And of course the fundamentalist Muslims are very happy to have those group of people speaking out for them because they also want to continue with these very misogynistic, cultural practices. One of them being like you mentioned the FGM and many others. And they use unfortunately, secular laws against itself. So what they’ll do is they’ll say things like, “This is my religious freedom” and that’s actually what happened in a doctor at the [inaudible 00:14:40] foundation tried to get a doctor in, I think it was Minnesota. And she was charged for performing FGM on all of these little girls for I don’t know how many years, like 15 years or something. And she got off and she’s free today because they used the religious freedom excuse. That’s absolutely unacceptable.
If your religion says that you should take a razor to a little girl genitals, then the laws should supersede whatever it is that your religion is teaching if it is teaching something that is against basic humanity. We need to protect those little girls, whether they have brown skin or white skin is irrelevant. If a blonde hair, blue eyed family took a razor to their little girl, that family would be in prison. So it should be the same when it’s a family from Somalia or a family from Egypt. It’s irrelevant. That little girl, whether she has white skin or brown skin, is going to feel the same amount of pain. And she’s going to have the same amount of lifetime psychological and physical damage. It doesn’t matter where her family comes from.
And do you have any thoughts or feelings on to Congress women who are Muslim American members of Congress, that’s Congresswoman Omar and also Congresswoman Tlaib. They are within the Muslim community. Any thoughts on how they say that they have a diversity of thoughts and ideas within the Islamic community?
No, they do not have … So they have a diversity of you’re getting a visual diversity here. So yes, the left loves these women because they look different. They have a different skin color. They have a different name. Ilhan wears a hijab. It makes them look diverse and inclusive. But the really sad thing is, is they’re supporting these women that are all about divisiveness. They are the opposite of inclusiveness. These are women that have been unapologetically antisemitic. They are not the kind of women that you should be celebrating in the democratic party. If you really want to have an inclusive, diverse, dynamic party and you want to include women from different countries and different backgrounds, please do that.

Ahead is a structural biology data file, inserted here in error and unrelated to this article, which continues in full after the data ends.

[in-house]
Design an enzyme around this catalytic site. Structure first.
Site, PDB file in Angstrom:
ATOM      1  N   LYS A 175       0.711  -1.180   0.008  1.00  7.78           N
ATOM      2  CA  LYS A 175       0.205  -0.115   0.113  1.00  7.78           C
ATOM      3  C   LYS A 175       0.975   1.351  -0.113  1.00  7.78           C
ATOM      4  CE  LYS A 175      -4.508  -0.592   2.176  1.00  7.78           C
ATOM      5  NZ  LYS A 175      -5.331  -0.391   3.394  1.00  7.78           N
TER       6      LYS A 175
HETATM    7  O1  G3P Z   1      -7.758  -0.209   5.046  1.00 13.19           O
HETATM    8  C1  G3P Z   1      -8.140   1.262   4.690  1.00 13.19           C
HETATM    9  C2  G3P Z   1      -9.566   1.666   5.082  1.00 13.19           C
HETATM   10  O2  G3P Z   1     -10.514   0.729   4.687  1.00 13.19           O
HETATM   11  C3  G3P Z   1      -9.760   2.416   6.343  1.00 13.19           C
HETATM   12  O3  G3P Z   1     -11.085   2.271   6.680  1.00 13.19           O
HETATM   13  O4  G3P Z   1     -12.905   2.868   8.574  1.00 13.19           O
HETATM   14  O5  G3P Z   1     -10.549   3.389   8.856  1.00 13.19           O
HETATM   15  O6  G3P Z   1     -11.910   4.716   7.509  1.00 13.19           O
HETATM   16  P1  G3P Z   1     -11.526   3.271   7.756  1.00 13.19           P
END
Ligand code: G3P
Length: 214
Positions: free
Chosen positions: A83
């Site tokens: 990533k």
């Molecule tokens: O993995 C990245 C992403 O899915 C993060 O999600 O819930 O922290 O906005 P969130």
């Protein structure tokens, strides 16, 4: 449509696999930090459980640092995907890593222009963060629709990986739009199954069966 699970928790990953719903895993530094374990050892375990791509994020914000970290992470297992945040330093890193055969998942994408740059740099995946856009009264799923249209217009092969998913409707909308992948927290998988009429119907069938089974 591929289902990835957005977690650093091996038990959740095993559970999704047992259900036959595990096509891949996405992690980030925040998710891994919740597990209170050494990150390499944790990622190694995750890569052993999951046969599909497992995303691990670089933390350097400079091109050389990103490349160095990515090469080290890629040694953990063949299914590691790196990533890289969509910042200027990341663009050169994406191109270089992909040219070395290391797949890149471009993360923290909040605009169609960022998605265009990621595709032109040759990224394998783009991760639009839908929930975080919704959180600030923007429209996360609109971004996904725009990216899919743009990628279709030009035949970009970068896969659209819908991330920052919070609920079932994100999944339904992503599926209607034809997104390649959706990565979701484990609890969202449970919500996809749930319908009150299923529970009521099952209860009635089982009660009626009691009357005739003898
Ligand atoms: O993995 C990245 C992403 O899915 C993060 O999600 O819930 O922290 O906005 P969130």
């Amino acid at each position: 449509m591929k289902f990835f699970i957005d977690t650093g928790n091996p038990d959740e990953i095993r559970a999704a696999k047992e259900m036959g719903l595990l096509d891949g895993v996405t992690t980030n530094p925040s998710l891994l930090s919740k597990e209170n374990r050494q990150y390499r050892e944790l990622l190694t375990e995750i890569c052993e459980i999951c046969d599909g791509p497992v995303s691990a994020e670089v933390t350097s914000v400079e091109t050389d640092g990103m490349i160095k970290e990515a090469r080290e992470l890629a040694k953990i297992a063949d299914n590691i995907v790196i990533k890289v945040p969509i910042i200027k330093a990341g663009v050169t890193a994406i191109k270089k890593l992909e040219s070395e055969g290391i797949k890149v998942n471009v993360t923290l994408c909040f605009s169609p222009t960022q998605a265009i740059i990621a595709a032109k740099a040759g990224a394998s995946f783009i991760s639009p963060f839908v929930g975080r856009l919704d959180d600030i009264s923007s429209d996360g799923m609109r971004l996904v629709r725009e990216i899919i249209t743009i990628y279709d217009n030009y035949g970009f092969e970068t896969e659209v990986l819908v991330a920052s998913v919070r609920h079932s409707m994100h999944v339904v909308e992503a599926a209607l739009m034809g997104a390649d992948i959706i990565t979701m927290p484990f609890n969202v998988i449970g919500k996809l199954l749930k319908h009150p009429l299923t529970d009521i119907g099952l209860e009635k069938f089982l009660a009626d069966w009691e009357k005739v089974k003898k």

But there are women from Palestine. Me, my father is from Palestine. I’m not American, but there are many women and men who are from Arab backgrounds, from Muslim backgrounds that will fight against antisemitism. That will fight against these divisive things that Rashida and Ilhan support. So we shouldn’t be looking to a person’s background or to their skin color. We should be looking to the person’s values. Whose values match with our values? If this is a person who doesn’t agree with basic American values, then that’s not somebody that you should be uplifting in your political party. You should be choosing somebody whose values match the values of your party.
And what would you say to a critic who says, “Well, Yasmine, what happened to you is horrific, but we are talking about years ago. That things have improved today, even when you look at Saudi Arabia, they’ve changed laws there to allow more rights to women there. Do you think that things have improved on a large scale or is this just in many ways stories that we hear in the news, but nothing that really permeates how women are treated on a day to day basis?
I mean, that’s exactly it. So a lot of these things that you’re hearing about are really just window dressing, like the driving, for example. So, there’s so much more context there. The women that fought for the right to drive, for example, those women are rotting in prison today. And the right to drive has been given to women, yes, but under all sorts of stipulations. There’s all these little asterixis and one of them is that sure, you can get those driver’s license if your male guardian approves. Sure, you can get a car, if your male guardian approves. Sure, you can leave the house, if your male guardian approves. So it’s still perpetuating that same system, because unfortunately this is a society. This is a mindset. It’s a huge hurdle. You can’t undo these things overnight.